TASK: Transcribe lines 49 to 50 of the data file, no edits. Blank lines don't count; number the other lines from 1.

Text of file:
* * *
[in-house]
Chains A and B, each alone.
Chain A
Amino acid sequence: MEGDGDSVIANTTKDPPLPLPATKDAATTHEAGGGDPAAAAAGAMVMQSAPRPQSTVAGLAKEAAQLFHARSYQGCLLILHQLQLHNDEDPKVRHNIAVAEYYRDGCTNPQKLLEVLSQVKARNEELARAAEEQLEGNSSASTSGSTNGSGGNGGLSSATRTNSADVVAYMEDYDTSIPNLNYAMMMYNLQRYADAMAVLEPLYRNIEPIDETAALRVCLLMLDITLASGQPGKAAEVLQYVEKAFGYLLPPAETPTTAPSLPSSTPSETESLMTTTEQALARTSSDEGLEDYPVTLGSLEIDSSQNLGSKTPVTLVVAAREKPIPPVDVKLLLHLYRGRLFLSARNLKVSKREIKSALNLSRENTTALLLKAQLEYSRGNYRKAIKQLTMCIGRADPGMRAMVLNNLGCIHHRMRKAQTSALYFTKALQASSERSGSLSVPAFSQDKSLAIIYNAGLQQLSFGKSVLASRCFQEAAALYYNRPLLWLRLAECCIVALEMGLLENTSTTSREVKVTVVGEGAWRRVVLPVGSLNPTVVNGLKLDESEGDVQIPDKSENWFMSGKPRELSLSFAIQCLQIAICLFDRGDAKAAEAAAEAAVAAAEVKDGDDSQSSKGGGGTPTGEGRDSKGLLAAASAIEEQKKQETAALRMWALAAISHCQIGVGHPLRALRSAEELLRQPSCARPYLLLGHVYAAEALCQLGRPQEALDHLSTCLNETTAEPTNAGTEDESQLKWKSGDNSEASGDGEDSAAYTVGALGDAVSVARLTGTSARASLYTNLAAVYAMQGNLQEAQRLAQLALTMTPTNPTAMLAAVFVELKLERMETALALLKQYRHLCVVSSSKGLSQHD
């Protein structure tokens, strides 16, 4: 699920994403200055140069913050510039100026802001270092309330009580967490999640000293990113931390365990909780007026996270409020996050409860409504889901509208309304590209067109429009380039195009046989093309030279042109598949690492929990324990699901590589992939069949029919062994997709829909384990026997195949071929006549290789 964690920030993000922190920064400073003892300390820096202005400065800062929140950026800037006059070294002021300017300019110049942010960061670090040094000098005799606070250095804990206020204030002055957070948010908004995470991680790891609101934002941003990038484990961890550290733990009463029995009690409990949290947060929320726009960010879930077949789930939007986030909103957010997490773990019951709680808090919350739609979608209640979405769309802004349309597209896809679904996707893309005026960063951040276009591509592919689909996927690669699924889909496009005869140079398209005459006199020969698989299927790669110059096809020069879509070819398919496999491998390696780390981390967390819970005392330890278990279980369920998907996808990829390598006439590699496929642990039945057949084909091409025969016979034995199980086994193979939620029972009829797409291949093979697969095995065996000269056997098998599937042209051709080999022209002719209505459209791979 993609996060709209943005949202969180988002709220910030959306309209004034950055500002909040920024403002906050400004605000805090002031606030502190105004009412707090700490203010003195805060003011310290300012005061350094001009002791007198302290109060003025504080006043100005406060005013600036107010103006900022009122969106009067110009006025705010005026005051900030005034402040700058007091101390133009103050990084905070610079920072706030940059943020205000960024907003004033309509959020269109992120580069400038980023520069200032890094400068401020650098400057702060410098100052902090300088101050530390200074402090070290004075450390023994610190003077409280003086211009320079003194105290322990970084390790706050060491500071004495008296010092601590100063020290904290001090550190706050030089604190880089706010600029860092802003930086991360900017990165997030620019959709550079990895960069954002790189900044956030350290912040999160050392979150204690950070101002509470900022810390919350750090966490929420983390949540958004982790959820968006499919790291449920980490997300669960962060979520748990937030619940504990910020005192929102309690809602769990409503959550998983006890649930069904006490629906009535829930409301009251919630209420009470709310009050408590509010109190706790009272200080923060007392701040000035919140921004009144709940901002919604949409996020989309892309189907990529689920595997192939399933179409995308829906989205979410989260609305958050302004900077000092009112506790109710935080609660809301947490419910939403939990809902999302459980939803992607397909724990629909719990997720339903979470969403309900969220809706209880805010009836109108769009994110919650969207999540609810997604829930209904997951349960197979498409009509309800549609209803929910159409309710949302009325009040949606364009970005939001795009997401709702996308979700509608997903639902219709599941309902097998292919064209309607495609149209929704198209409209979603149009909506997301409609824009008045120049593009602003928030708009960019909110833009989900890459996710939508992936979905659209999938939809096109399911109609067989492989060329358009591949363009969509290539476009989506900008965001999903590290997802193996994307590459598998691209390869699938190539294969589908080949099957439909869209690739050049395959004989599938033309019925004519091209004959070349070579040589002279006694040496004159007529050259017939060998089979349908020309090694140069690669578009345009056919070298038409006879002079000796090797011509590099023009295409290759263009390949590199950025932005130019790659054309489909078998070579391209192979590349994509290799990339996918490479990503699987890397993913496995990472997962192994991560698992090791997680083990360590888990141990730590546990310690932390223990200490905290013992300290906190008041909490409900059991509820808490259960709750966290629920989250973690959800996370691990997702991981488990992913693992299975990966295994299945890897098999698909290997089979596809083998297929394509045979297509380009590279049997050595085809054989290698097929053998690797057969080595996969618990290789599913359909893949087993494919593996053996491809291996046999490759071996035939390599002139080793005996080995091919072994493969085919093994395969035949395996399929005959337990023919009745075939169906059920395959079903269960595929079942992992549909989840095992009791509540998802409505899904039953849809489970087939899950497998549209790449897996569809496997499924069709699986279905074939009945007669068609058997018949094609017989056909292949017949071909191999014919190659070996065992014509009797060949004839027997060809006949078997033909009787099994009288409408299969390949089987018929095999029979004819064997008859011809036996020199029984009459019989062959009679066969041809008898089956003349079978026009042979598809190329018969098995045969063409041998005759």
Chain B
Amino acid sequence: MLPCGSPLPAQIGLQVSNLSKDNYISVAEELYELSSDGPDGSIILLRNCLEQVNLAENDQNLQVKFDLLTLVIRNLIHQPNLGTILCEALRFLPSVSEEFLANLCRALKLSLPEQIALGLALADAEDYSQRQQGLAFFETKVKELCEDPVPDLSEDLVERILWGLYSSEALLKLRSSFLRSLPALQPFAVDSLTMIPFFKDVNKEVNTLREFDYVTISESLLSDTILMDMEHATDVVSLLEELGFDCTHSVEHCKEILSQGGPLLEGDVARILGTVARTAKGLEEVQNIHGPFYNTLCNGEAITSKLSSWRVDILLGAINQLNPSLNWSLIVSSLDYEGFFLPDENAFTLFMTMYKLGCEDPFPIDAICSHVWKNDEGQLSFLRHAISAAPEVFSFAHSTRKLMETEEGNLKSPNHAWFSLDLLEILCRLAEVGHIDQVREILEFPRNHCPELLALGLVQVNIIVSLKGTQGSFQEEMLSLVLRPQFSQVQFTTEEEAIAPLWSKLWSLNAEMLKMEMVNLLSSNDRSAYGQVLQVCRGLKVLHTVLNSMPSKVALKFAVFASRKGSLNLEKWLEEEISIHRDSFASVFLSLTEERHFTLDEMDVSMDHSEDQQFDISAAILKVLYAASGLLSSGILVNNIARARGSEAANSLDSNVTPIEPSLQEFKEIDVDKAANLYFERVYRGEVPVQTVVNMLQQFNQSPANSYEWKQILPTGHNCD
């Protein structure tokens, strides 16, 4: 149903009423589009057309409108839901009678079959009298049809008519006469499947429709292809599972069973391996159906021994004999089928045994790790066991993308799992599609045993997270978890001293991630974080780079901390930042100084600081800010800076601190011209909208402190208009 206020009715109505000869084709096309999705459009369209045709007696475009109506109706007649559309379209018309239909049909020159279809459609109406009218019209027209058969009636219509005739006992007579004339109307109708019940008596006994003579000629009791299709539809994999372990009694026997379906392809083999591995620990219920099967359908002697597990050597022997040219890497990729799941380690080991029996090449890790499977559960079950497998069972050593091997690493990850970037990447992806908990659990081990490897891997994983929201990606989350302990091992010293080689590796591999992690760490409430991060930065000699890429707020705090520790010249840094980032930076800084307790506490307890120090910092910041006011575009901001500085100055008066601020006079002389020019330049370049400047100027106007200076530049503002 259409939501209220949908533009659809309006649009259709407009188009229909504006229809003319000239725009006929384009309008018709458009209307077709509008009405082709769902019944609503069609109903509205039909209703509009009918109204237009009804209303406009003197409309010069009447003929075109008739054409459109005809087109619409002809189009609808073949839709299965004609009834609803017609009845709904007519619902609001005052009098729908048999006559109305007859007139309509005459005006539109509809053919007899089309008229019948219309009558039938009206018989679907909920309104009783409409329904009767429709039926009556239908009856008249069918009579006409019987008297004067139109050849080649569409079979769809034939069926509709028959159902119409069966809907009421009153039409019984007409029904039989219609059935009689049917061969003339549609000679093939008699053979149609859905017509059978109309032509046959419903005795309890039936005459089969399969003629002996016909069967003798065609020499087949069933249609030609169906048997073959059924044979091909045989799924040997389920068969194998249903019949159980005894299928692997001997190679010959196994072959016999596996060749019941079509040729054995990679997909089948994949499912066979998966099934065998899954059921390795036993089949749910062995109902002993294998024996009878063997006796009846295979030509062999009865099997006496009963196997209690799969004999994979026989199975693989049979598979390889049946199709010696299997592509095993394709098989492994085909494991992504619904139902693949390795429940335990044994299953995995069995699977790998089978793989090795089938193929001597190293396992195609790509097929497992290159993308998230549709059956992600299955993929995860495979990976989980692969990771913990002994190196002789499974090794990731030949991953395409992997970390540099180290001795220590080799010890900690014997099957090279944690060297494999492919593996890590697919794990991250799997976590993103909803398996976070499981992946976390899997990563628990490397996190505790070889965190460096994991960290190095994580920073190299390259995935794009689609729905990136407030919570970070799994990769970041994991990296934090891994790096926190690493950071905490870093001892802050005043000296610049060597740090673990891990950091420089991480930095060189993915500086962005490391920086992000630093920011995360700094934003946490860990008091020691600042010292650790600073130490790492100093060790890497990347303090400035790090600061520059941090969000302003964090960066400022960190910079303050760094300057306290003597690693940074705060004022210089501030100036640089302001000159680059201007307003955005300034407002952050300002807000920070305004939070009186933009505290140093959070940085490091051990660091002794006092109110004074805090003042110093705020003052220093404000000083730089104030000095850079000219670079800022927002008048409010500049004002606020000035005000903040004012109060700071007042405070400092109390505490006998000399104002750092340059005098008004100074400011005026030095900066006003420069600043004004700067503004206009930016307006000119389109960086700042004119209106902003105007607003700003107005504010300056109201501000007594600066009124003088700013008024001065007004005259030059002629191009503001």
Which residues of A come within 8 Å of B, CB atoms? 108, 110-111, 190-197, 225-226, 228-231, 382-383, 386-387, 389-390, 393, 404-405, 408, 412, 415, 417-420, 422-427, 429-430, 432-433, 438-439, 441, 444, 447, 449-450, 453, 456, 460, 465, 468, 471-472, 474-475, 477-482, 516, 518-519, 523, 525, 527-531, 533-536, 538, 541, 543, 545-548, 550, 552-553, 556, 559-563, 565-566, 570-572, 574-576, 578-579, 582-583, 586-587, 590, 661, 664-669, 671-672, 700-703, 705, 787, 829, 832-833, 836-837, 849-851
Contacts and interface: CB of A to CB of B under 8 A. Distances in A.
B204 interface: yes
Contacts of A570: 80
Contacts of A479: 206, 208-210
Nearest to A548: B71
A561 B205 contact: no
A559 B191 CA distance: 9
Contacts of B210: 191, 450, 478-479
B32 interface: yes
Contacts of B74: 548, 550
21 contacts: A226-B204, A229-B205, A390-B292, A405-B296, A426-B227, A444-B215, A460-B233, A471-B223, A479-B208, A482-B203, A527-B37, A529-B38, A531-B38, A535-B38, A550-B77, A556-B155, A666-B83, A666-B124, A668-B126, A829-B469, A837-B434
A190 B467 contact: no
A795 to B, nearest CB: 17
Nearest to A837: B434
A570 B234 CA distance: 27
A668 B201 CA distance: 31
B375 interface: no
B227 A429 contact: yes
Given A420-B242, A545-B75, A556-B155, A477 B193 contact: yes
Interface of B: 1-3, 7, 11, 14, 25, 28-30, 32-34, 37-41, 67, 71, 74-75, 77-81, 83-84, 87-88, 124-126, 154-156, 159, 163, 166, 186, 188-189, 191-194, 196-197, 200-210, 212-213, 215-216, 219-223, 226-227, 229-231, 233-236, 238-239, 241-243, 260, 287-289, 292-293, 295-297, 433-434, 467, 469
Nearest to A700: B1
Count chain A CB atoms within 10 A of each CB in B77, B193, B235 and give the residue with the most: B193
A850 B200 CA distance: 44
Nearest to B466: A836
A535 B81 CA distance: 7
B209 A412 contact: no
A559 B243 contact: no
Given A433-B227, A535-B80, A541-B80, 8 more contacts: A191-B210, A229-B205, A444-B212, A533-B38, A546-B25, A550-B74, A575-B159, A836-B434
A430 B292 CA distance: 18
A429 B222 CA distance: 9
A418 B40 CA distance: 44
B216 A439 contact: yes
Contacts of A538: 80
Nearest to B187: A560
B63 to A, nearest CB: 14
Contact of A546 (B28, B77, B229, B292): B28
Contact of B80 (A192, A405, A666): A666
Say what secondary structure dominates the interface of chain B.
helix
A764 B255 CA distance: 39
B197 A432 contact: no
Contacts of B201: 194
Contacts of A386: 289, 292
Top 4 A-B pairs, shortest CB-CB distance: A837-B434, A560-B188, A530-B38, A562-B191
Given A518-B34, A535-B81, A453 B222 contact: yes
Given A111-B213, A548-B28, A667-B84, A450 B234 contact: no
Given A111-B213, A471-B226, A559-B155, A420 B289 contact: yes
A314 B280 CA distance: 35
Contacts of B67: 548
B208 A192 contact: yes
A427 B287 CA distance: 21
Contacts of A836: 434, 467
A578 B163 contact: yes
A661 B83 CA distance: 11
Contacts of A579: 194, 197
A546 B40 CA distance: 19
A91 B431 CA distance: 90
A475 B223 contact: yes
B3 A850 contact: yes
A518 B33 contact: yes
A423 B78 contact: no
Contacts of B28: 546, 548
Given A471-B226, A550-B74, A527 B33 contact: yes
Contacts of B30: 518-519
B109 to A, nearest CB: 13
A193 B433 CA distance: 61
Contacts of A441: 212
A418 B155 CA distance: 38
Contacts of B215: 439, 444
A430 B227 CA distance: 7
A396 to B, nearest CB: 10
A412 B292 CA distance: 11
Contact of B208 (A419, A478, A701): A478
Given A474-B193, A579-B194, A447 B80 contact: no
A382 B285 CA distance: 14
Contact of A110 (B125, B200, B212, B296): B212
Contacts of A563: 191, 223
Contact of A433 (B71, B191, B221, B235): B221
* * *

A764 B255 CA distance: 39
B197 A432 contact: no